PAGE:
On the occasion of the battle of Philippi in 42 BC, Octavian promised to erect the Temple of Augustus in Rome dedicated to Mars Ultor (Avenger). The competition saw himself and Marc Antony defeat the assassins of Caesar, Brutus, and Cassius, avenging his death. This great Temple was conceived in the center of an imposing forum, the second in chronological order in Rome.
The function of the new monumental square was to give greater mobility to the crowds that thronged in the two oldest forums and to provide new space for processes and commercial activities. But it was, above all, a representative center destined to glorify the figure of the emperor. The large exedras that opened onto the side arcades were a novelty that would then inspire the Forum of Trajan. He consolidated his power following the defeat of Antonio in the Battle of Actium. Therefore, Augusto took care of the urban and architectural reorganization of the capital, which represented an essential expression of the new political course he inaugurated.
The new monumental complex was erected ex-manumits (financed with the spoils of war) and on private land, an area purchased by private individuals, located on the slopes of the Quirinale near the populous Suburra district. At the end of the entrance on the left was a large square room with vibrant marble decoration.
What design did Augustus build in his temple?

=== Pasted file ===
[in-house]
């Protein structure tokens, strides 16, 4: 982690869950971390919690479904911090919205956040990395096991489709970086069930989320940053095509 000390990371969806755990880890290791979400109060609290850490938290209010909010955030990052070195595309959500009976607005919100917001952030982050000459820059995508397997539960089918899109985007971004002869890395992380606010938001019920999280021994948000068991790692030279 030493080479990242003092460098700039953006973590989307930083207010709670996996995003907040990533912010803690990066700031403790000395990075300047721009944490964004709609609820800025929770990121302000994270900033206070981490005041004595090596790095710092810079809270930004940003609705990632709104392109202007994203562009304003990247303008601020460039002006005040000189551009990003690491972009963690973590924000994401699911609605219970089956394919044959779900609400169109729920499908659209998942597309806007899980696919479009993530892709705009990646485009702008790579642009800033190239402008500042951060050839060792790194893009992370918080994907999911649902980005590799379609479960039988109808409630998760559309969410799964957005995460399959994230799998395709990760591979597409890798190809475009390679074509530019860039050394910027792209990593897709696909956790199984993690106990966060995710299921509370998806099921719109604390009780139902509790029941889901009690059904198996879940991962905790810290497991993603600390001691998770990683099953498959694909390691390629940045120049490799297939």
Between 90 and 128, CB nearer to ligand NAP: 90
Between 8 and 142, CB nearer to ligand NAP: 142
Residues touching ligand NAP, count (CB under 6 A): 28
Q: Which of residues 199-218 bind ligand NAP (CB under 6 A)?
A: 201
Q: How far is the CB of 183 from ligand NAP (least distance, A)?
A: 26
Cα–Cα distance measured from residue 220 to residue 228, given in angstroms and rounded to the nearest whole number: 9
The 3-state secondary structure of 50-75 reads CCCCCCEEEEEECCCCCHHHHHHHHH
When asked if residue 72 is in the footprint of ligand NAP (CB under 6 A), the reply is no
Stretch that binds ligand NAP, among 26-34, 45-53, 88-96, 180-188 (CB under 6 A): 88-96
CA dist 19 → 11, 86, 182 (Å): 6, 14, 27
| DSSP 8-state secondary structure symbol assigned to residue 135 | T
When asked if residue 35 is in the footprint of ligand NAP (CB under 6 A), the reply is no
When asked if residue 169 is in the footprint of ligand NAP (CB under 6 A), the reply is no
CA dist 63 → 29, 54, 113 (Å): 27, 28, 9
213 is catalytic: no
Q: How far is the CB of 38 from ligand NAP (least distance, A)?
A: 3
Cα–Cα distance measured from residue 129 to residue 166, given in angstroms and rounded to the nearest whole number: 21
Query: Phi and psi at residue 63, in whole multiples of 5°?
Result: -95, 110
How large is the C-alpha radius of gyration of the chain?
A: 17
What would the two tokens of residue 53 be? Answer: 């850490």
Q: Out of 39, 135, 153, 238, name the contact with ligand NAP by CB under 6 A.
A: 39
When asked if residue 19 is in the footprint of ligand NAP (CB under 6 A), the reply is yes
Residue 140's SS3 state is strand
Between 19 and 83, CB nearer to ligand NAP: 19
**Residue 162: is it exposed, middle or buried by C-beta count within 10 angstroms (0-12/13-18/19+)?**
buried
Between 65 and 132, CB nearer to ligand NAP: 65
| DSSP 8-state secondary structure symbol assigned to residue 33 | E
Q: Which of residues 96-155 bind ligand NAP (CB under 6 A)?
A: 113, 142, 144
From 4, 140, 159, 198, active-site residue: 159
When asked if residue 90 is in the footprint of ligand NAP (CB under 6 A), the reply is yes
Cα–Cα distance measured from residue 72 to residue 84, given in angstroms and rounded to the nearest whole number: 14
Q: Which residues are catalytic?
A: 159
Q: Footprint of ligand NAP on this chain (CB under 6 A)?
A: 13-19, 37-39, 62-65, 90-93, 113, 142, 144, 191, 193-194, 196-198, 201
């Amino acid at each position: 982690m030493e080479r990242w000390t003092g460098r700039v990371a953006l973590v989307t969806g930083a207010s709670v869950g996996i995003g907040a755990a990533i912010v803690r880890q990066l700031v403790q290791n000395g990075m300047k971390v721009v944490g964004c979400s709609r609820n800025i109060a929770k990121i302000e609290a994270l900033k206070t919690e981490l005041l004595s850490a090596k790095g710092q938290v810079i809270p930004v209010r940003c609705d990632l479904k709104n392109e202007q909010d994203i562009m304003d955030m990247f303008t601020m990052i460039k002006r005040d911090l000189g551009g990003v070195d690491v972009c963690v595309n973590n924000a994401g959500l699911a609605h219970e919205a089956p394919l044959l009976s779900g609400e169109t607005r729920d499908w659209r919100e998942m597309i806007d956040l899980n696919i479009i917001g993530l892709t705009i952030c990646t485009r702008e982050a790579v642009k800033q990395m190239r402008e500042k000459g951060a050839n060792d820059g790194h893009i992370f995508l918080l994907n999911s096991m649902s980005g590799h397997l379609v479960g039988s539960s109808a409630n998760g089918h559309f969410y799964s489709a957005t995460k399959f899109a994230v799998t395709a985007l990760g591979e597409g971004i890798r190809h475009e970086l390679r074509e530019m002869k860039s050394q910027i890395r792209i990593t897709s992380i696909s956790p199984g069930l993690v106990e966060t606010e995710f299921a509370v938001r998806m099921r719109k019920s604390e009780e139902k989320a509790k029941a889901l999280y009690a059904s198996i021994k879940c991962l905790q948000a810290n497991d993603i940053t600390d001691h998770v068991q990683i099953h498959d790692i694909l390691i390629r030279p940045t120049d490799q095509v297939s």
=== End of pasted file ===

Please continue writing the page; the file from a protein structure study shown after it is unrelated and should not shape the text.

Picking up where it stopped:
The Temple of Mars Ultor occupies a similar position to the Temple of Venus Genetrix in the Forum of Caesar. The central staircase is in cement work. At the same time, the podium is in square tuff, covered with large Carrara marble slabs. So, it was accessed using a front staircase of 17 marble steps on concrete foundations, interrupted in the center by an altar inserted in the center of the stairs. Two fountains occupied the ends. Eight columns were arranged on the facade and many on the long sides. The interior space was marked by seven columns on each side next to the walls, arranged on two floors. The cell ended with an apse, in the center of which there were statues of Venus and Mars.
Details about the Temple of Augustus
Indeed, in the center of the square of the Temple of Augustus, there was probably a colossal statue of Augustus on the triumphal quadriga. Therefore, the Corinthian colonnade of the arcades, raised a few steps from the level of the square, was made up of ancient yellow marble shafts.
The entrance’s attic was decorated with caryatid figures inspired by those of the Erechtheion on the Acropolis of Athens. Alternating with shields with rich framing and decorated in the center with the heads of Ammon or Jupiter or other deities in the Hellenistic style. Inside, the back walls were adorned with semi-columns in ancient yellow marble. Alternating with niches in which statues depicting figures from republican history were exhibited.
Under the complex’s arcades, the urban praetors’ judicial activities took place inside the Temple. There were sessions of the Senate to deliberate on wars and triumphs. In addition, the logo lost and then recovered by the legions at war, such as those lost by Crassus in the battle of Carre or those sadly lost by Quintilio Varo in the battle of Teutoburg, was kept there. In the sixteenth century, the Colossal statue of Marforio was found inside the Forum area. Now on display in the Capitoline Museums (courtyard of the Palazzo Nuovo).